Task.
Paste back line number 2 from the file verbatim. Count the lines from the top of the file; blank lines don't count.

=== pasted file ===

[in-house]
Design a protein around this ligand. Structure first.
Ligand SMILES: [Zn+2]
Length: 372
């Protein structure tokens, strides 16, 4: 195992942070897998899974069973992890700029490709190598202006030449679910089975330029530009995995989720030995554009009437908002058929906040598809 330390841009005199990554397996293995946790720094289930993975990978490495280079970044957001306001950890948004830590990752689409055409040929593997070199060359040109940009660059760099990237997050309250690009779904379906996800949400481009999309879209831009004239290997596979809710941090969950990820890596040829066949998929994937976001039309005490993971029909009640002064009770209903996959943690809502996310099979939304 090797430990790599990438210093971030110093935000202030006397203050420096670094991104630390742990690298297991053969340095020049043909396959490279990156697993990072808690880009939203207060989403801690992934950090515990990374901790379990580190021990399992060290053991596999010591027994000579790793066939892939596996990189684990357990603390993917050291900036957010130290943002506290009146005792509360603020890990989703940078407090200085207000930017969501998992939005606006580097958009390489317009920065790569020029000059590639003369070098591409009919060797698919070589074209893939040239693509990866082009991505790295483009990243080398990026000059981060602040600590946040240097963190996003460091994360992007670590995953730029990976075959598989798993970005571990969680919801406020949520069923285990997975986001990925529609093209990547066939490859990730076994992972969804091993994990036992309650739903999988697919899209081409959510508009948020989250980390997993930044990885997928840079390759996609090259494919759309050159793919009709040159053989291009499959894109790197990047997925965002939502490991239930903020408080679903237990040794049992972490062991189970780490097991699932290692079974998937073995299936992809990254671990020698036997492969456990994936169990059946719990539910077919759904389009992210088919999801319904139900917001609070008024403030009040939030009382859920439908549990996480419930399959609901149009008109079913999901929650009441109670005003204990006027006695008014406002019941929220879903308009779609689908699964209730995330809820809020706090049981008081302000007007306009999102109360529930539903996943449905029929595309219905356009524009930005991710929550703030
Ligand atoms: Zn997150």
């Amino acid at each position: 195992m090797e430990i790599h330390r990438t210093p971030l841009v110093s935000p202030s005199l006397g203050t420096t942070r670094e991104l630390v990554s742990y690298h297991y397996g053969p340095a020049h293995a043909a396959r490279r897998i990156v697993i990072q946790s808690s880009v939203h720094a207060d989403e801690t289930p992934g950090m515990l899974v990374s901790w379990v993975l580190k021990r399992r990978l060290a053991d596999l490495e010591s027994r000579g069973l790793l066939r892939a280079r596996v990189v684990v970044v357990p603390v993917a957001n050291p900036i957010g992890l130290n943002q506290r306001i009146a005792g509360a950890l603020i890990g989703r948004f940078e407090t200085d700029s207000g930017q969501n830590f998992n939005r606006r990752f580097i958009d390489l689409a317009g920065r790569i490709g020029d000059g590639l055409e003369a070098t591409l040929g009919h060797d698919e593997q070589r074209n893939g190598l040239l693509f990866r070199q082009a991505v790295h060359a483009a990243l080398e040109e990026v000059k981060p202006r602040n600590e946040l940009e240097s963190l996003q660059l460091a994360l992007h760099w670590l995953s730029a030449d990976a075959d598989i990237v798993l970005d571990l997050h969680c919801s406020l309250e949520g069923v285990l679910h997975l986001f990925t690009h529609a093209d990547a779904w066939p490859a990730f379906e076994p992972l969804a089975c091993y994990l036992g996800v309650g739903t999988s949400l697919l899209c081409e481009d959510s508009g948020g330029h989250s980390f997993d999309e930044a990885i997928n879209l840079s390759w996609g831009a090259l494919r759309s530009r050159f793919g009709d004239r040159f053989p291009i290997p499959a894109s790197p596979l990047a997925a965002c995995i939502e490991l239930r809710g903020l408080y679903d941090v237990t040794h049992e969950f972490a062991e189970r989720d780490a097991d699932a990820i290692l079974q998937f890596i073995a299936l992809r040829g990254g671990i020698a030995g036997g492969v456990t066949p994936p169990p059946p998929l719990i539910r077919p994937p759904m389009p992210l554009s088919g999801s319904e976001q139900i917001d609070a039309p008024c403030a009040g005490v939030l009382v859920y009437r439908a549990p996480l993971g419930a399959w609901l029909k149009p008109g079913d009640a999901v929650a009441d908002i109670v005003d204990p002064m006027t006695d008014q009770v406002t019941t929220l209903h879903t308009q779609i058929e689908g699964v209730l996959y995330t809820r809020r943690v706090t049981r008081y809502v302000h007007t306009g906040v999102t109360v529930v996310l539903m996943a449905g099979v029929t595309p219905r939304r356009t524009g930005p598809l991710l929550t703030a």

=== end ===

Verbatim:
Design a protein around this ligand. Structure first.